Walmart hosted its fourth annual Sustainable Packaging Exposition last week as part of the retailing giant's ongoing effort to achieve sustainability goals established in 2005 by former CEO Lee Scott.
Setting an ambitious pace, the largest U.S. retailer says it anticipates hitting zero waste next year in the United Kingdom and by 2025 in the United States. Other objectives on the company's wish list include reducing the amount of packaging in its supply chain by 5 percent by 2013, and using 100 percent renewable energy. To that end, Walmart has committed to purchasing wind power to supply 15 percent of the electricity used in 350 of its Texas stores. Plus, it will install solar panels on up to 20 stores in California.
"What we are finding is that everyone along the line benefits from sustainability," said Kory Lundberg, a Walmart representative. "Recycled materials cost less and lower suppliers' costs; eliminating waste lowers our costs. And all of this benefits our business model—to provide customers with lower prices."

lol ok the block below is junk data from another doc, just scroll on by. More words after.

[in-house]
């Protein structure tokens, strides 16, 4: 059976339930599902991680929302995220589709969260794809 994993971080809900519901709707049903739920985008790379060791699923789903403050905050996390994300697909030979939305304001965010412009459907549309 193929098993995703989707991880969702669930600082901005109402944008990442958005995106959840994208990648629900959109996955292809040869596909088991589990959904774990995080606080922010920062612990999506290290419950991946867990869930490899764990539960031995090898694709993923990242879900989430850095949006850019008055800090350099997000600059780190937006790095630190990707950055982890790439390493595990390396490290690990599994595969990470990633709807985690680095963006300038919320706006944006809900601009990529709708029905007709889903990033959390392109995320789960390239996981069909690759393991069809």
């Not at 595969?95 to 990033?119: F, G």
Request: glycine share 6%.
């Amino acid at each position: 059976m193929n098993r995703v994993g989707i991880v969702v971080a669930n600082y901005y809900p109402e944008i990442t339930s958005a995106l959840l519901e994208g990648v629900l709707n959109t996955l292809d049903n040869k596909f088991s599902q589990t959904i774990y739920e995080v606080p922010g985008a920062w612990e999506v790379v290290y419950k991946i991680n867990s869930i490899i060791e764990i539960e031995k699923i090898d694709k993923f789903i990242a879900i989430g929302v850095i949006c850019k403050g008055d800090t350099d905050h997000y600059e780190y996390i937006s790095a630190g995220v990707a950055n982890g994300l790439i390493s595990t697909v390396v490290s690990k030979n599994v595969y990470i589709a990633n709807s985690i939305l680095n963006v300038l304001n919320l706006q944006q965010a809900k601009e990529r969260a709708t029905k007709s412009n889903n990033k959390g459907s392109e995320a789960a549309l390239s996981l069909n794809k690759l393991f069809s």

Such grand plans pack large-scale impacts, but where do Walmart's green initiatives leave smaller companies that don't have the resources, flexibility or capital to implement such sweeping energy and waste-saving agendas? And should independent natural products retailers be doing more?
"Every sustainability initiative is good," said Daniel Fabricant, vice president of scientific and regulatory affairs at the Natural Products Association. "Obviously the mom-and-pop stores don't have Walmart-size resources to implement green initiatives, but they don't have the same carbon footprint either."
What's more, there may be reason to be optimistic. "I don't think Walmart's [green initiatives] are threats to the naturals retailers," Fabricant said. "If anything, it's encouraging because we're traversing the barriers when it comes to sustainability and sustainable products."